Note: To protect the privacy of our members, e-mail addresses have been removed from the archived messages. As a result, some links may be broken.

Lesson Plans


Re: is anyone out there?Bill's still here.

[ Thread ][ Subject ][ Author ][ Date ]
taylorh (taylorh)
Thu, 11 Jun 1998 08:51:45 -0700 (MST)


On Wed, 10 Jun 1998, elwood p dowd wrote:

> DWG my ass...history stands on its own merits..too bad you feel insulted
> but my WAG (white artist guys) are superior to anything else on the
> planet. It is only when we lower our standards , when we begin to accept
> other ethnic groups into the fold. Sorry to spring this reality trip on
> you, but it is 1998 my friend.

Sounds more like 1939, if you ask me. (which you didn't elwood, I know)
Just to remind you, however, a number of your artists (the moderns), as
recently as the early 40's were considered "degenerate" by the white
national socialist guys who wrote the book on white superiority. Of course
they had the paintings shipped back anyway from all over Europe to fill
their private collections... something still shaking out in national
galleries around the world by the way.

This notion of a superior (obviously Nietschzean) white "Uber-artist"
would be scary if it had any wide popularity. But, as you say, it's almost
the next millennium and that kind of thinking is history.

OK, look, I won't deny that the notion of "progress" is attractive or that
technological, military, and economic successes have put the west (mostly
"white" guys from your POV) in the ascendant (at tragic cost I might
add). But being the "Big-Dog" on the block has never much of meant
anything in art. "My Tatlin can beat your Okeefe" is pretty meaningless
gibberish.

Having the bucks, the military successes and the technology to allow it
HAS let the West write the history books and the art history books. It
USED to be that we believed that "the best" of whatever it was that we
were most familiar with was allowably "the best" over all. We would poke
more beans into a "white" skull, compare "apples to oranges" in terms of
forms of perspective and assume that because the pigment came out of a
lead tube instead of, most immediately, the ground, it was somehow
"better". NO Longer.

Boaz showed pretty conclusively, to the scientific community at least,
that ethnicity was meaningless as a qualitative characterization. Since
then science has also taught us a great deal about relative meaning,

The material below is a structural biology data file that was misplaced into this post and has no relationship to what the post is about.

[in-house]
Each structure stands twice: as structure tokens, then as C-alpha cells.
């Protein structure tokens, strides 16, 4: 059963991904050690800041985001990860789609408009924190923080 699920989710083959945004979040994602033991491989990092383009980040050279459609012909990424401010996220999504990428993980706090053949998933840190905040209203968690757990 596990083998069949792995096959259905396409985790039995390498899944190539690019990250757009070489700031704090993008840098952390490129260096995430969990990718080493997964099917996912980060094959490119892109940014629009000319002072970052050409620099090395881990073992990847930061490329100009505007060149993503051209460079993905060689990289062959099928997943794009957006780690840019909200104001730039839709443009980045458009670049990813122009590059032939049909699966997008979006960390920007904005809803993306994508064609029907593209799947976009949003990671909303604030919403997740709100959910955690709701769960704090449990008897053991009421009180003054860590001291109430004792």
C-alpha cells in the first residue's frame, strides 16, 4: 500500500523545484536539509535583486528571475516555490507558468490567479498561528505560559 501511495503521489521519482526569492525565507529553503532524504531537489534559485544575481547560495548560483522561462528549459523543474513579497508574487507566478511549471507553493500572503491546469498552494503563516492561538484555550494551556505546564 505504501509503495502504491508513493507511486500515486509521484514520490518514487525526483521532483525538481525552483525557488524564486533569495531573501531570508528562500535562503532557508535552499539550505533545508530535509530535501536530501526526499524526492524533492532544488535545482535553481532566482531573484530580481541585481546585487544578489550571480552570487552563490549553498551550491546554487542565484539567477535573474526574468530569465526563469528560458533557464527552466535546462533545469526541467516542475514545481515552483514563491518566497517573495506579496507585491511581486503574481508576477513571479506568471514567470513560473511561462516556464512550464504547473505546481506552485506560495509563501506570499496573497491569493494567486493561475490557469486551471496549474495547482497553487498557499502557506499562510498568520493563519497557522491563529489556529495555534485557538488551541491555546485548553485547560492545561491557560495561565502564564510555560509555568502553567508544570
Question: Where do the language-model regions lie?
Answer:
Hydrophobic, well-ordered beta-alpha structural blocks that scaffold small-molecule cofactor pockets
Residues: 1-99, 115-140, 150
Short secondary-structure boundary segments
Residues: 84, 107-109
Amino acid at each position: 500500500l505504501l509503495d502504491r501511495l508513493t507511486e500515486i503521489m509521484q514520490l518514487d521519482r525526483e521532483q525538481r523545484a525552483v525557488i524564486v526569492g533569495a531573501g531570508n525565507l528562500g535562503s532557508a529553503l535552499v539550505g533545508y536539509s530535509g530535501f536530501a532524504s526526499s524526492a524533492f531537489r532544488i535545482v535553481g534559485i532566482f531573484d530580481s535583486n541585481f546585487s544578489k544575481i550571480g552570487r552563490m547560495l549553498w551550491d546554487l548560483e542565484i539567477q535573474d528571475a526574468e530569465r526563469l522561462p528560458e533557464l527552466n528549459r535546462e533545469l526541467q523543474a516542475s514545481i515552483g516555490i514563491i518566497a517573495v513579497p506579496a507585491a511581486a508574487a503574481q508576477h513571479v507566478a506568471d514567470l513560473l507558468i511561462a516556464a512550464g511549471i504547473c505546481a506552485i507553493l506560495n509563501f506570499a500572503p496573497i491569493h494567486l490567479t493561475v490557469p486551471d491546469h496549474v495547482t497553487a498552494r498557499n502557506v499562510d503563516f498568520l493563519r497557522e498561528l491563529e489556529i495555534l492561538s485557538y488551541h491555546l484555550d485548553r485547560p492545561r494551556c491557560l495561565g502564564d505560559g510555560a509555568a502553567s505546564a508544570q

indeterminacy, and incompleteness and, as a result, most of our 19th
century assumptions have been called to question. We might not yet
understand a lot about other culture's values in the arts or for tht
matter our own values from our earliest history, but we are beginning to.
We are finding that we, in the urban technological west, are not 'the
cat's pajamas" and that everyone has something to learn from everyone
else. (And that doesn't mean we have to "wanna be" THEM - whoever THEY
are - either.)

If science doesn't cut it for you you might consider what I wrote in my
earlier post. Your "WAG" artists represent a drop in the bucket of the art
produced on this planet. Other technologies (complex or simple) other
"genders" and other ethnicities have all contributed and the historically
popular consensus outside the techno-urbs remains with the ethnic-elder
art. (not that it means anything about what we as artists should be doing
or where we should be going those are individual choices we get to decide
for ourselves)

I tend to think it's all contextual. WAG artists have their superiority in
a very limited context, but not a global or planetary one. Purity can be
specified for an element like copper or gold and we can say the the
purest and therefore best gold comes from some specific place. But things
like art are endlessly arguable...that's the fun part... and so the purest
or the best are only fantasys... and problematic ones when we start
throwing babies and bath water out the window.

Just as when a plant with medicinal value is lost when part of the
rainforest is destroyed so are human possibilities diminished when other
cultures are lost or subsumed. A good part of art is about ideas... good
ideas are hard to come by and it doesn't matter the slightest where they
come from. Ideas are ways of thinking really not the thoughts
themselves... the thoughts may or may not be relevantly "transplanted" but
ways of thinking about things can be. Ways of thinking about things
are what artists excel at wherever or whenever they come from.

Superior technique is nice and so is (culturally) significant form but
they are fairly limited in their utility or value.. provincial qualities
in the best sense of the word--narrow of context.

Do you see things differently elwood? Probably. I think I disagree with
your way of thinking---but I'd still not burn it off the face of the
planet... for one I don't know all of its implications and for two, people
have the right to make their own decisions at any place in history and
whether I agree or not I won't interfere other than to record an opposing
view.

As Joseph would say:
"best wishes"

-henry